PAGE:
5. Ad Hoc
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    Ad Hoc Naval Architect

    That's what NDAs are for.!
     
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  6. Ad Hoc
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    Ad Hoc Naval Architect

    If that's what you feel is better, then there would be no point in

    Since by your own admission, you will have proved the concept....
     
  7. Mr Efficiency
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    Mr Efficiency Senior Member

    What is the area of the boat's "footprint "?
     
  8. jakeeeef
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    jakeeeef Senior Member

    Ok,
    Before I start troubling any naval architects, I need to measure my losses, and actual motor output for the running time.

    Otherwise I won't know how much torque and power I have to work with. That's obviously key as it effects the weight, therefore range, planing etc.

    I've looked at rotary torque transducers. Is this the right way to find out? Or is there a cheaper way. It only needs to measure up to approx 10 hp max. And the ones I have found so far seem to be much more substantial than this.
     
  9. alan craig
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    alan craig Senior Member

    You can easily measure power IN to the motor with a wattmeter... then multiply that by the efficiency, which you might have to guess or maybe the manufacturer publishes a chart or figures... to get the power OUT to the prop. Then divide power by rpm to get torque. Google for units!
     
  10. Skyak
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    Skyak Senior Member

    I have investigated this
    -Use autocad 360 -it has a free tier until you get over $100k/year and it is a reasonable subscription after. Solidworks is fine but you will be out $5k before you have a clue what you are doing. Consider hiring CAD/engineering talent if you are not proficient already.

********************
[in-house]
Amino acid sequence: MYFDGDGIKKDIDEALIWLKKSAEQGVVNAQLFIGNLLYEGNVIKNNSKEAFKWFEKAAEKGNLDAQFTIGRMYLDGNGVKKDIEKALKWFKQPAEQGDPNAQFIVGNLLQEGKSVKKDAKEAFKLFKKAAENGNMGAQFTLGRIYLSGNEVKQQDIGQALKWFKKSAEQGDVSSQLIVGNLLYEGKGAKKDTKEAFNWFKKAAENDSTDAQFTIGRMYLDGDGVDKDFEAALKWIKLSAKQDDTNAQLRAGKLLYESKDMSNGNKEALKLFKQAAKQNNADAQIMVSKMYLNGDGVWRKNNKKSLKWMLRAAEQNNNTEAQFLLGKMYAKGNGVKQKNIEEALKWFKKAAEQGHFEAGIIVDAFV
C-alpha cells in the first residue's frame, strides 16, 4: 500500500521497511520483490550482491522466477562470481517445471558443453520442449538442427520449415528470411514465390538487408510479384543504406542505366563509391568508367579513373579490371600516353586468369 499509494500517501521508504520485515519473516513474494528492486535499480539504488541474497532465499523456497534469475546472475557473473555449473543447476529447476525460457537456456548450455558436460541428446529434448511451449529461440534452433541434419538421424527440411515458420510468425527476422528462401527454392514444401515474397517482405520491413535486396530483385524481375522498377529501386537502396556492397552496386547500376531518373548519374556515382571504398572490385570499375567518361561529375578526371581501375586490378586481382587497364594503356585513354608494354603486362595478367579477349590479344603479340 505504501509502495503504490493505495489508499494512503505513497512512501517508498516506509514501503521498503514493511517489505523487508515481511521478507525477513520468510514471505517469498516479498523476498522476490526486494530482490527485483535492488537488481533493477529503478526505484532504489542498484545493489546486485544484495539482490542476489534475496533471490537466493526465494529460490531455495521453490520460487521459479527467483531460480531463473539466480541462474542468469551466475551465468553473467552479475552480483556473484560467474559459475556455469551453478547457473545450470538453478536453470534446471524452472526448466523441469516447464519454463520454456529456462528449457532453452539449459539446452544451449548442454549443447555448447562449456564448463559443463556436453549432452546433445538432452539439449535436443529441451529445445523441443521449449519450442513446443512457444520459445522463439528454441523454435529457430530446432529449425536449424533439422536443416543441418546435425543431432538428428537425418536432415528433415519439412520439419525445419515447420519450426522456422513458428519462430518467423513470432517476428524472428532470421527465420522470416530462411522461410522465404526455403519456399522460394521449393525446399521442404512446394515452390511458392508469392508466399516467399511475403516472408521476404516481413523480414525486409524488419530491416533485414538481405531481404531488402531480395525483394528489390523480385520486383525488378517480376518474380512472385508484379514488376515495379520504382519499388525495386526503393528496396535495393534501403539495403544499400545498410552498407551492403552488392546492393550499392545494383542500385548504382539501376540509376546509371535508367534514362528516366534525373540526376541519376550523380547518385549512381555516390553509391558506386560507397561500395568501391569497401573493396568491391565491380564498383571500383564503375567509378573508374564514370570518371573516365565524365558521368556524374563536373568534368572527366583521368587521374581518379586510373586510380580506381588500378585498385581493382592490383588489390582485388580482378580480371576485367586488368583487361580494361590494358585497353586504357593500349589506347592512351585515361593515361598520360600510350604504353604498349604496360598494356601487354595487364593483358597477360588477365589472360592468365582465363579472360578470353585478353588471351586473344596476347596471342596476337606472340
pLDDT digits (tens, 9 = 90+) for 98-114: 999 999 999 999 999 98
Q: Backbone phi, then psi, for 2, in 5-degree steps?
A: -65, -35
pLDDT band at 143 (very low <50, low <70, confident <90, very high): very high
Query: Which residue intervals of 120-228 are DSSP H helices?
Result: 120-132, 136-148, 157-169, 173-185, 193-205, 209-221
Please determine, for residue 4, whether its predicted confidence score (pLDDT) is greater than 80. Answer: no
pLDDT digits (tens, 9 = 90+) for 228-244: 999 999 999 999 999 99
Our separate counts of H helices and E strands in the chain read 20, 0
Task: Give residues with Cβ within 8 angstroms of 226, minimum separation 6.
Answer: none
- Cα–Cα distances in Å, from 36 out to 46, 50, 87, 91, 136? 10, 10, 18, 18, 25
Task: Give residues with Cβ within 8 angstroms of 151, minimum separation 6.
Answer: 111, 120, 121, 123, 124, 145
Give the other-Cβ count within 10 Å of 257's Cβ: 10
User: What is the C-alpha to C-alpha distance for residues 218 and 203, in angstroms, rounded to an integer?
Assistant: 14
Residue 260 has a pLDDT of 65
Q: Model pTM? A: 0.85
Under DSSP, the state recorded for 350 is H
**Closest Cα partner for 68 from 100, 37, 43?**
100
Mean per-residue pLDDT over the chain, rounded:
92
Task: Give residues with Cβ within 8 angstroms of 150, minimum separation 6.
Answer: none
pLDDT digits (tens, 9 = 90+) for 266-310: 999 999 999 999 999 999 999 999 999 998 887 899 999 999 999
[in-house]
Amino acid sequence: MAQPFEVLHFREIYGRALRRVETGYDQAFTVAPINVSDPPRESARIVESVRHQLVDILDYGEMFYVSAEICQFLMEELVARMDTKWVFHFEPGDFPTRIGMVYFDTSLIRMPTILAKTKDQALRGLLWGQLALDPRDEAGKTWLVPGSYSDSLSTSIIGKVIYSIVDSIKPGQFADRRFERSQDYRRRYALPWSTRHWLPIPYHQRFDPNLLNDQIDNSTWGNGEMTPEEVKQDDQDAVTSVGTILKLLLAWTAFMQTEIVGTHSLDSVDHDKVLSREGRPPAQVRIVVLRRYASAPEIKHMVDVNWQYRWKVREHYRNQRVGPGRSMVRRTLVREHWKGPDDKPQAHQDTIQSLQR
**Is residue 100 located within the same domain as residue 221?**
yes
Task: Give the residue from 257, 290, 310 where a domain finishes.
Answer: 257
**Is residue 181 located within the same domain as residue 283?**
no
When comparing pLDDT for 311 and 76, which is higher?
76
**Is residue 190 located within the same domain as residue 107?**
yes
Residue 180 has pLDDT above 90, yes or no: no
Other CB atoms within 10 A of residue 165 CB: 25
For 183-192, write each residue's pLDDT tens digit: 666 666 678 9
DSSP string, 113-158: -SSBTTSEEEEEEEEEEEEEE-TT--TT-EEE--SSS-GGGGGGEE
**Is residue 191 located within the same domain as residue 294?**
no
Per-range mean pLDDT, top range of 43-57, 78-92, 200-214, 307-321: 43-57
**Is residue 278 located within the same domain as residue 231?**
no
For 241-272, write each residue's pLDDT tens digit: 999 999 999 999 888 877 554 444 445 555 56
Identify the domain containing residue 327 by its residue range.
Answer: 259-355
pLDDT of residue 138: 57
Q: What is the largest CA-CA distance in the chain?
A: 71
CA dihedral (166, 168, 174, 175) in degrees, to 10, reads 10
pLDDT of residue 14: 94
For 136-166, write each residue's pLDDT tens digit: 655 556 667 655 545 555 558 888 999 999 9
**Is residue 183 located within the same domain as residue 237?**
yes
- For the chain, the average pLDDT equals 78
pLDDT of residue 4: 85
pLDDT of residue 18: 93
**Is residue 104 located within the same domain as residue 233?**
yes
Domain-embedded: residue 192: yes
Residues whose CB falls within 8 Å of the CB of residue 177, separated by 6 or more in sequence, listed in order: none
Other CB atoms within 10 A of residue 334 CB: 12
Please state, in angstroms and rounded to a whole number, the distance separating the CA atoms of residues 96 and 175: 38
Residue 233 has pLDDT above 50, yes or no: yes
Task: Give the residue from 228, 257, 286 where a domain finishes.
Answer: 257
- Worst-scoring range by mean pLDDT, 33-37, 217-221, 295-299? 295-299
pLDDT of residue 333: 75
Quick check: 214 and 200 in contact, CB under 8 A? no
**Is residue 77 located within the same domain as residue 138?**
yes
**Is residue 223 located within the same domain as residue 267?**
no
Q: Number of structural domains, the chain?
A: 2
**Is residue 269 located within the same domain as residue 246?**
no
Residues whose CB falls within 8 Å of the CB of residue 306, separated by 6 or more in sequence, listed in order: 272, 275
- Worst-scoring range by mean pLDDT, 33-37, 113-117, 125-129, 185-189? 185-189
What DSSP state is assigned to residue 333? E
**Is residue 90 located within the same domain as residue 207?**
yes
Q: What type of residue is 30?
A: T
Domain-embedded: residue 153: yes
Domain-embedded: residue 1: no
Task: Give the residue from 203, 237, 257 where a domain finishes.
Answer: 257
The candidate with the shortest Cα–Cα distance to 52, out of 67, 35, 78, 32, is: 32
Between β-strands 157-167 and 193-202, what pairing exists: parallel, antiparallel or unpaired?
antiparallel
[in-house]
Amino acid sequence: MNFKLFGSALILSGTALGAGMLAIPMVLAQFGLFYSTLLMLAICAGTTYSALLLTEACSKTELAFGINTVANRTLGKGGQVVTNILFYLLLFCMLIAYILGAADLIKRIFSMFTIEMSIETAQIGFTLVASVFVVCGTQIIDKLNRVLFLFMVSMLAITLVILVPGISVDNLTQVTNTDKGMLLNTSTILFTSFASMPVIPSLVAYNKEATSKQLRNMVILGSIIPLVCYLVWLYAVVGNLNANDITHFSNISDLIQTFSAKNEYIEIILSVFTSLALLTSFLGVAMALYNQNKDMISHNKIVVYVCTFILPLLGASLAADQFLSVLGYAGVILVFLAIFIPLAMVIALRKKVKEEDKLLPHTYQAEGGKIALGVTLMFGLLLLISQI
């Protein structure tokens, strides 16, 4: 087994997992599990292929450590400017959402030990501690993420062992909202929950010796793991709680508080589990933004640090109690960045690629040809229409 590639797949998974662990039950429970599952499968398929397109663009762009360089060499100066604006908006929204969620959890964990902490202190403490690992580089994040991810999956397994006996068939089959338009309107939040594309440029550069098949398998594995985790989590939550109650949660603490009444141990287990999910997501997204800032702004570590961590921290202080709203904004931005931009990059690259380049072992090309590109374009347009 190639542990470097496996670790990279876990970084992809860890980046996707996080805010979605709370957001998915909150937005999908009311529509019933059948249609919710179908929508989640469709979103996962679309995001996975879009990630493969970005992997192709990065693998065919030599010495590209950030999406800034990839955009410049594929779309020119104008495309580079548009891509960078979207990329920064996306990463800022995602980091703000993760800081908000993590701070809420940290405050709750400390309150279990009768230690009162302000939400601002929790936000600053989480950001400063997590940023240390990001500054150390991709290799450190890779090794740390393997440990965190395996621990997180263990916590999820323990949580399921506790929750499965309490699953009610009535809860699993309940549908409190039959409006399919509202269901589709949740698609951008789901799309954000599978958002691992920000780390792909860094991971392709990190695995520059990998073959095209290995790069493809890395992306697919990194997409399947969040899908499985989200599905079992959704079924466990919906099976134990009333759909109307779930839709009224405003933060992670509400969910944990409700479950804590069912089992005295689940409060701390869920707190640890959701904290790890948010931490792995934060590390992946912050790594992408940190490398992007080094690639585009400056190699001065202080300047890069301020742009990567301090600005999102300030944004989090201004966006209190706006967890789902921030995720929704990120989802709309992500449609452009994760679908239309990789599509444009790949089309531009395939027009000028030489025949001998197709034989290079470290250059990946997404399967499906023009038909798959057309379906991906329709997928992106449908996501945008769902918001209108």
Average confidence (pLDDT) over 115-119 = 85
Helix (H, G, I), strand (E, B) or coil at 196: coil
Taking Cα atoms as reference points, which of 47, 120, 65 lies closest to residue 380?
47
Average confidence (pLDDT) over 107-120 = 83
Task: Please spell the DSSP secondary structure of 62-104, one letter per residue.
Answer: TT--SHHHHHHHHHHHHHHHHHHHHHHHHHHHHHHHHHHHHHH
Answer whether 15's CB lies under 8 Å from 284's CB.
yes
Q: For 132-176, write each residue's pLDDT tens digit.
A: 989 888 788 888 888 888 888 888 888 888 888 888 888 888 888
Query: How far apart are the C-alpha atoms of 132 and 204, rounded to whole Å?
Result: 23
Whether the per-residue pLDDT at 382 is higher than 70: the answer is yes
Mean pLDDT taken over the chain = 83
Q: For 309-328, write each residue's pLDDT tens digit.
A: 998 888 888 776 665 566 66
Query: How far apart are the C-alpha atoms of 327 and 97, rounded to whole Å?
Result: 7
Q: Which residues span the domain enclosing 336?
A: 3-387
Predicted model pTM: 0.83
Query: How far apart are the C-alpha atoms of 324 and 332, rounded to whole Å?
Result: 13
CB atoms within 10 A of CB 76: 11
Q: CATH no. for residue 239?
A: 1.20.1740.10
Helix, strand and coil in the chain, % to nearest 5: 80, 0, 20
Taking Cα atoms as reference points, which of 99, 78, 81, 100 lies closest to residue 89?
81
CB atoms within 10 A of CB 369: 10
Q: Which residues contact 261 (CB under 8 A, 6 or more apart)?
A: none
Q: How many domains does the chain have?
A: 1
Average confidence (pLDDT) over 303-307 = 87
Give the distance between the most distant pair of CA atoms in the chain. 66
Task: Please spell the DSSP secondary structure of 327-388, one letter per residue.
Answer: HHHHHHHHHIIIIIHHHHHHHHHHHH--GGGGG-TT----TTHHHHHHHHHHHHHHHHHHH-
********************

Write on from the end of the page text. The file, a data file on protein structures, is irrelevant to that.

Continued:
-Start with a "Provisional patent" or equivalent. For a couple hundred dollars it sets the date and protects while you develop and test.
    -you almost certainly need to create a limited liability company -for taxes and liabilities.
     
  11. Skyak
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    Skyak Senior Member

    Will Frasier used to contribute here. A couple years ago he did a super job documenting (on Ytube) his design, test, and build of a solar boat for a competition. If you check out his later build and test you can see exactly how to do it, and the entire energy budget. If that seems too complex, you need to hire it out, because it just doesn't get any easier.
    There have been several battery electric surfboards built and documented on YT and Kickstarter. I would not choose any of them as "efficient as can be". They all use smaller, less efficient, lower toque props, often shrouded. This might be a wise marketing or safety feature.
    Torqeedo EOBs are a good efficiency reference. They can be beat, but not by a huge amount.
     
  12. jakeeeef
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    jakeeeef Senior Member

    I have read that there is a 'hobbyist' version of solid works. $100.